Why incomplete subscript/superscript alphabet ?
verdy_p at wanadoo.fr
Fri Sep 30 10:19:34 CDT 2016
Your problem here is that "start" and "end" are not symbols/variables but
actual English words. Why would this usage be restricted only to English ?
The same formula would need to be really translated in various languages
and scripts, needing then mapping all letters in Latin, Greek, Cyrillic,
but even also Arabic, Japanese Chinese, Hindi...
This usage in plain text as comments in source codes generally do not need
to be really very friendly in their layout, they can remain more symbolic
and you should not even need to split these formulas in multiple lines,
using broken characters (such as parentheses and square braces, whose
presence in Unicode is justified only for mapping legacy characters used to
render actual text on old monospace-only terminals.
Here your source code is intended for programmers and should better use a
If you want to include a conventional formula, include an URL going to an
image or to an anchor in some document (HTML, PDF, Doc(x) file, or a
reference to a page in a book)
So I suggest you use some notational conventions such as TeX here if you
want to be exact (this notation may be different from the actual
implemetnation in the documented code).
The superscript/subscripts in Unicode have been encoded mostly because they
are needed for the orthography of some languages as distinct letters, but
most often as modifiers, they are not intended to be used to compose
separate words like "start" or "end" here.
Note also that many tools generating documentation from source code allow
you to insert HTML comments, so you could as well use <sub></sub>, and then
we don't need these additions (this would be an open door to reending
almost all letters in all scripts as subscripts/superscripts, with many new
problems for their diacritics).
Just consider how you would translate your formula in French: "start" would
become "début" (note the combining accute accent...). Here again with a TeX
notation or an HTML notation you solve the problem using <sub>début</sub>
in the formula. or using a <math>...</math> HTML element to embed a
complete MathML (TeX-like) formula.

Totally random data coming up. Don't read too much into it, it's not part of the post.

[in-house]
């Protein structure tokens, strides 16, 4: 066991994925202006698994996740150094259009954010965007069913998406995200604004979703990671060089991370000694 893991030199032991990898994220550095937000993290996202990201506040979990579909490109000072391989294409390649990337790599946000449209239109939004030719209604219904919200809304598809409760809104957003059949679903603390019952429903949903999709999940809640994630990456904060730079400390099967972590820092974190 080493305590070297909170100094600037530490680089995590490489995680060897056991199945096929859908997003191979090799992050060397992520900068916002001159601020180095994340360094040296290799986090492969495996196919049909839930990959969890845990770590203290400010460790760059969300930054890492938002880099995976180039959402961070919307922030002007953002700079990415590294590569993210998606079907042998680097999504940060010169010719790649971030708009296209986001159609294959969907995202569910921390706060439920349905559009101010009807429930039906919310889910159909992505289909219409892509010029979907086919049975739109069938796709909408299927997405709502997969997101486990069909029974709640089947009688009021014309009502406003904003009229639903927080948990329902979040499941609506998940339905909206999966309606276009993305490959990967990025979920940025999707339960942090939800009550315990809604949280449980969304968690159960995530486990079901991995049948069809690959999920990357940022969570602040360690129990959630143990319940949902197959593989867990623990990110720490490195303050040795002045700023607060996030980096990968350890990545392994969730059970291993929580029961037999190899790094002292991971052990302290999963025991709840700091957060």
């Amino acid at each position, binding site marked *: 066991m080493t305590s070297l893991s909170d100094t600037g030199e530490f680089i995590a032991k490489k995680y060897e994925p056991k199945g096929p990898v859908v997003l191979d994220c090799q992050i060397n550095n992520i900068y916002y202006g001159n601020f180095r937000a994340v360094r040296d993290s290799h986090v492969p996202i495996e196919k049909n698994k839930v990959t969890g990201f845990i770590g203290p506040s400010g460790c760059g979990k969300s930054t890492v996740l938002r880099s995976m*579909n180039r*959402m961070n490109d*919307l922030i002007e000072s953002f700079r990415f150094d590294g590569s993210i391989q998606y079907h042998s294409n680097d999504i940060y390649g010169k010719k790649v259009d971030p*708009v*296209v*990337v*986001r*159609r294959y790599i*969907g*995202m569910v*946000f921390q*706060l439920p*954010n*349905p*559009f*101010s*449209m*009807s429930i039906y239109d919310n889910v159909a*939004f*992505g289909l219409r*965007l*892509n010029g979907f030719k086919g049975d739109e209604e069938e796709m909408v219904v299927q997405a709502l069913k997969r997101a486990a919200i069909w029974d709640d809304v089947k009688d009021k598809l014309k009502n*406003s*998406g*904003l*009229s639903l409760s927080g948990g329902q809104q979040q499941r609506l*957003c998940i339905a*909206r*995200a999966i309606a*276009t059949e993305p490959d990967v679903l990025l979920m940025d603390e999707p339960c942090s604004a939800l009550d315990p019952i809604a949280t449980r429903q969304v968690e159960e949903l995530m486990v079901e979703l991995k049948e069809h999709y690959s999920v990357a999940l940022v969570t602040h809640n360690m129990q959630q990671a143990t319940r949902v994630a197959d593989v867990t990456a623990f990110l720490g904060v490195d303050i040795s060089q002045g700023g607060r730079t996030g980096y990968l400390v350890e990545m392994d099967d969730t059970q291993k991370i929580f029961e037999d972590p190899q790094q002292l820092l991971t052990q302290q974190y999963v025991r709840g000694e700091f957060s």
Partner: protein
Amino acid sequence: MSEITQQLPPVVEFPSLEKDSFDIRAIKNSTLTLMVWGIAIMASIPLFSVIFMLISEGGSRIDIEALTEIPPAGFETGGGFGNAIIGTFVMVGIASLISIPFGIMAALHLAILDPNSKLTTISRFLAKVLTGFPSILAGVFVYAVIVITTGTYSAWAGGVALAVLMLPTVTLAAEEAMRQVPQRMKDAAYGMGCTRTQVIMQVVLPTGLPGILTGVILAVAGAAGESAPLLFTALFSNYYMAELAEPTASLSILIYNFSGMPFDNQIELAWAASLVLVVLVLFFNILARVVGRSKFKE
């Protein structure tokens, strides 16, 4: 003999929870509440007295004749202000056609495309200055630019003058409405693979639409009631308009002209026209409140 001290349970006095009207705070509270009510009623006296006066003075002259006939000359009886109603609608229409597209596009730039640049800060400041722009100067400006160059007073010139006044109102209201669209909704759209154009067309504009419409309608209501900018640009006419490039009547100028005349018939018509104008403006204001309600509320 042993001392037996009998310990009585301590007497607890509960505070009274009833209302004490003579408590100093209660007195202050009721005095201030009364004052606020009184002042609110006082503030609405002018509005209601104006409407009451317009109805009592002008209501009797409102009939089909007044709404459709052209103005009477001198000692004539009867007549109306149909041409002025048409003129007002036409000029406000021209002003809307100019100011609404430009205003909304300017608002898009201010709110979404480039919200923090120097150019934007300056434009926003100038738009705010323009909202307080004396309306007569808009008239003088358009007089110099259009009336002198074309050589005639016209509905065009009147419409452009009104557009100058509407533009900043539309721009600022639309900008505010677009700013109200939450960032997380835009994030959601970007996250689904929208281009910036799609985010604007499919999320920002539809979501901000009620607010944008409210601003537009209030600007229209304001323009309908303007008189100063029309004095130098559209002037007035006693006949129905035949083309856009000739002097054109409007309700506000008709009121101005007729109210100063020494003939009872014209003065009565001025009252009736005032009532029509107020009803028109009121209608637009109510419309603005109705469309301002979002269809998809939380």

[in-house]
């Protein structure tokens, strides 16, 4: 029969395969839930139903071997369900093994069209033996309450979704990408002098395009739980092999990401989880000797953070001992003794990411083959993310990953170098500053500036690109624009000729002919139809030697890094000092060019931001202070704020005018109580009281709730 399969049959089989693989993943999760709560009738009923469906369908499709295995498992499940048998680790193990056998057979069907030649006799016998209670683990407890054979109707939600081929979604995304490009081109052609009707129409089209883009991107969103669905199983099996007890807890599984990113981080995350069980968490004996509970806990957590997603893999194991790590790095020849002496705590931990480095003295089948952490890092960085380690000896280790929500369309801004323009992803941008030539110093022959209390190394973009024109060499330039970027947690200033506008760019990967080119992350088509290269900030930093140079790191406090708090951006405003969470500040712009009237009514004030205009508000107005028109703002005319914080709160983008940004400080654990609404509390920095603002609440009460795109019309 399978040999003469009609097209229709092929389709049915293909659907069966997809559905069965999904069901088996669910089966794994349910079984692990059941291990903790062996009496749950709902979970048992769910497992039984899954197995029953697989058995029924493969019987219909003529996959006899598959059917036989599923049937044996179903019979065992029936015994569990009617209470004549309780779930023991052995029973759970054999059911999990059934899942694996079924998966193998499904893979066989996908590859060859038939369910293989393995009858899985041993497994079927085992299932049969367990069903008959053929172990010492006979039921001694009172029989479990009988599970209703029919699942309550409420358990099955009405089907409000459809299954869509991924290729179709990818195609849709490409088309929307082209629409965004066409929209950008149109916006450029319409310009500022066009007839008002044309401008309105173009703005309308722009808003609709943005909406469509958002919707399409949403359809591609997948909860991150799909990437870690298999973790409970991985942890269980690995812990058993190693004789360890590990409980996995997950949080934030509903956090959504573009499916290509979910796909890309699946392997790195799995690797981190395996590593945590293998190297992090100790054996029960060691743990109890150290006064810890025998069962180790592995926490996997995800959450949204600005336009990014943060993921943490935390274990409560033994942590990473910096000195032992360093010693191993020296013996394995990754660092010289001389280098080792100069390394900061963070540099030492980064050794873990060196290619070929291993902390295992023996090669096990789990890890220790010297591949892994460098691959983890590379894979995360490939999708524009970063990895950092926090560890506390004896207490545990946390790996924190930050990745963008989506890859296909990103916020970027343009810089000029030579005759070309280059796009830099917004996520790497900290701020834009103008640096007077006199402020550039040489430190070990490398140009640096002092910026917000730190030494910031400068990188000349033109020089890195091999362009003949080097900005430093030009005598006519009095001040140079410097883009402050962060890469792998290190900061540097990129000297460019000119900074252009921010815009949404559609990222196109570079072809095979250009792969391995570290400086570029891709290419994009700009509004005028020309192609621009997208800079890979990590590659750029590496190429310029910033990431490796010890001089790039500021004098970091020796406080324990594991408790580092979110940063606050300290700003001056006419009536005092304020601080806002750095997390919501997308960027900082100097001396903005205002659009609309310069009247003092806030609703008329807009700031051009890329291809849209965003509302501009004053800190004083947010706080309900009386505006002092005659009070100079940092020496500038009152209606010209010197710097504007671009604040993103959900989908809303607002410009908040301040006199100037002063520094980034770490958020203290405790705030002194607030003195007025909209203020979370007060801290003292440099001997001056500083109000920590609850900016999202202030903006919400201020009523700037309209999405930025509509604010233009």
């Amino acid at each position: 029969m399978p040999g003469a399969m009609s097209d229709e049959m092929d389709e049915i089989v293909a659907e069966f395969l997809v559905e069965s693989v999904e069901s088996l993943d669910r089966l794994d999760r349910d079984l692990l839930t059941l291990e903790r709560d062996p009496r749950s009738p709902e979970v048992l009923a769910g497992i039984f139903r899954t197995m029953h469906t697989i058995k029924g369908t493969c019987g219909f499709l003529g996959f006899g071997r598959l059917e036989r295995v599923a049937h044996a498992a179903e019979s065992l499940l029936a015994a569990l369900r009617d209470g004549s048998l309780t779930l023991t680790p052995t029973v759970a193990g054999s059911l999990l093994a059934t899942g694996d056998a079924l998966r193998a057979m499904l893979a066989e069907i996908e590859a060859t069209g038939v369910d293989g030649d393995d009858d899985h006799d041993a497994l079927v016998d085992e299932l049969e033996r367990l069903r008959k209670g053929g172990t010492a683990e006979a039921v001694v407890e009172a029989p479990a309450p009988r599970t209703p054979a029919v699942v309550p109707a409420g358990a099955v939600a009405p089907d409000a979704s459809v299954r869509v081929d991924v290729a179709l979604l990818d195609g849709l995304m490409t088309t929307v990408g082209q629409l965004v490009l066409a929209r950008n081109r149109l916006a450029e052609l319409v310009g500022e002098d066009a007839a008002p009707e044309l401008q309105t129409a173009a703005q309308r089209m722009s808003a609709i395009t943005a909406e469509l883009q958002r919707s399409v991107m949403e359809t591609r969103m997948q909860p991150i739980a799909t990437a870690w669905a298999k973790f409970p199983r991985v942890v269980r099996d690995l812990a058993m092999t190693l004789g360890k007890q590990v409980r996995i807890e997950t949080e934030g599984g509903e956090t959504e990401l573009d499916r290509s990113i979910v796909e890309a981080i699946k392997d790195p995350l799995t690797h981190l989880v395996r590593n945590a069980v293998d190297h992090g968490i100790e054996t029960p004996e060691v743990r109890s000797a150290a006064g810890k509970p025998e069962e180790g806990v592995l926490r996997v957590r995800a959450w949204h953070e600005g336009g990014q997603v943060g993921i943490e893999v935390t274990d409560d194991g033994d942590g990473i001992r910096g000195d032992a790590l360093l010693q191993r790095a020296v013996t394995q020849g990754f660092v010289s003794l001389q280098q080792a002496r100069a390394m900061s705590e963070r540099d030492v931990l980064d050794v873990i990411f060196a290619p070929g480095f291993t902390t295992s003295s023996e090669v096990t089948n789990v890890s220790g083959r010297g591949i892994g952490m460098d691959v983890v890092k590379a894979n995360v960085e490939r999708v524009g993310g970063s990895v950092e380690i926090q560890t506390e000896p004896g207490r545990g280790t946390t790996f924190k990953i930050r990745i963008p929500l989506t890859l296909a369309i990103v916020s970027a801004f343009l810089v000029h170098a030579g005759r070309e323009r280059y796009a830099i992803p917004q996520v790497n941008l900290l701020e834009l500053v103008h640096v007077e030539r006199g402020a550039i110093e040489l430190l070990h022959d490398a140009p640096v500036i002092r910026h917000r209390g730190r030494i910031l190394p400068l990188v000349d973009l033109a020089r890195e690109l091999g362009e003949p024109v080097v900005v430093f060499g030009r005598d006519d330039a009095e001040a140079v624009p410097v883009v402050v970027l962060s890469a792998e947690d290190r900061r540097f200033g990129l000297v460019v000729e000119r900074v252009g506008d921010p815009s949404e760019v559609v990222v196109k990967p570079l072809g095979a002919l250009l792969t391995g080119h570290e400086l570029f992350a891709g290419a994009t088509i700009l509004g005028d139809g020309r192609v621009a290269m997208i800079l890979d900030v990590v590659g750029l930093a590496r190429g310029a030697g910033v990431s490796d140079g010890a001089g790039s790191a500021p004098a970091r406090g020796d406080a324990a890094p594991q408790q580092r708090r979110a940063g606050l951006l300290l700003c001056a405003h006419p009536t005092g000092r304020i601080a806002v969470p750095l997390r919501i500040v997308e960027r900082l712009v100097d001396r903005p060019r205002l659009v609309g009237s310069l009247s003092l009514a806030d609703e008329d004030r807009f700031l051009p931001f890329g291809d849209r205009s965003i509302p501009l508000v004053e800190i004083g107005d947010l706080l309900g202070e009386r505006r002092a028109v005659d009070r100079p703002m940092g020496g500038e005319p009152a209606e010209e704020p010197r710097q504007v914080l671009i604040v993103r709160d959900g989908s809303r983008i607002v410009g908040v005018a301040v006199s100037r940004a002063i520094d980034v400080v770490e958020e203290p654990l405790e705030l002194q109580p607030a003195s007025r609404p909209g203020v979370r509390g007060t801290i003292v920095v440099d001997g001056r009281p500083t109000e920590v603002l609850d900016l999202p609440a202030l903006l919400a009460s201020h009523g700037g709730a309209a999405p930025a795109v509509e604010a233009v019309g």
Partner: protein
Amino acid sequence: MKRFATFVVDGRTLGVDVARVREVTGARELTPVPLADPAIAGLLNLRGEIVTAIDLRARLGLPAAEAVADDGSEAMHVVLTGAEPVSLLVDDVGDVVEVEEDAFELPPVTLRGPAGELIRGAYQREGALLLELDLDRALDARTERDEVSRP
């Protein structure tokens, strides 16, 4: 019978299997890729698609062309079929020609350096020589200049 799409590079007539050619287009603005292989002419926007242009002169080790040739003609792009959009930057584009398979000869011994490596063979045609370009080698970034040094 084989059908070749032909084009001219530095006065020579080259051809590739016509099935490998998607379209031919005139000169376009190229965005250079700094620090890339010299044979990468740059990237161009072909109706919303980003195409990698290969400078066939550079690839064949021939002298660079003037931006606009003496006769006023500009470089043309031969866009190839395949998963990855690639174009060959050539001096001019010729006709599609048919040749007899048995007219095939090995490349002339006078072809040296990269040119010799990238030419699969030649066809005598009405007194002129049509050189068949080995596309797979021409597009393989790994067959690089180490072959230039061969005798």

Your souce code documentation is not necessarily in English. English is
used frequently in corporate code or in many open-sourced projects, but not
always. There's even open-sourced code that is managed by teams speaking
another language, for projects targetting mostly another language or an
organization that wants or requires documentation in another language
(notably for the public APIs; internal/private APIs are often excluded from
doc generation tools, so programmers are free to use any language that are
convenient to them, but they won't pass a lot of time tuning these comments
so that they are perfectly readable with all exact linguistic and
scriptural features and good looking for many readers). Discussing these
projects in English would exclude valuable contributions for the target
users of the application, possibly using incorrect terms or very fuzzy
translations to English when there are other requirements (notably with
terms with legal meaning).
Ok, the terms "end" and "start" are understood by all programmers, but not
necessarily all users of a public API (which may use it through other code
generation helpers, templates, HTML/application input forms and so on).
2016-09-30 11:57 GMT+02:00 Gael Lorieul <glorieul at coanda-deviation.info>:
> Hello all,
> I wonder why only a subset of the alphabet is available as subscript
> and/or superscript ?
> This is well illustrated on the table in the following Wikipedia page:
> Is there a reason for this ?
> I would love to have these characters available because I often use
> Unicode to write equations as comments of a source code. For instance:
> class Term_diff_rotDivStressTensor_splitted
> * Computes:
> * μ ⎛μ⎞ ⎡1 ⎤
> * —.Δω + ∇⎜—⎟×Δu + ∇×⎢—.(∇u + ∇uᵀ)·∇μ⎥
> * ρ ⎝ρ⎠ ⎣ρ ⎦
> [...] (class definition)
> or a more problematic example:
> * ⌠tᵉⁿᵈ
> * q(tᴺ) ← q(t⁰) +⎮ rhs(q,t) dt + (tᵉⁿᵈ - tˢᵗᵃʳᵗ)
> * ⌡tˢᵗᵃʳᵗ
> Here "end" and "start" would have been better as subscripts, but I could
> not do so because letter "d" is not available as a subscript…
> As you can see, having only some letters available as subscript (&
> superscript) is sometimes a pain…
> Gaël Lorieul
> PhD student in Computational Fluid Dynamics
> at Université catholique de Louvain
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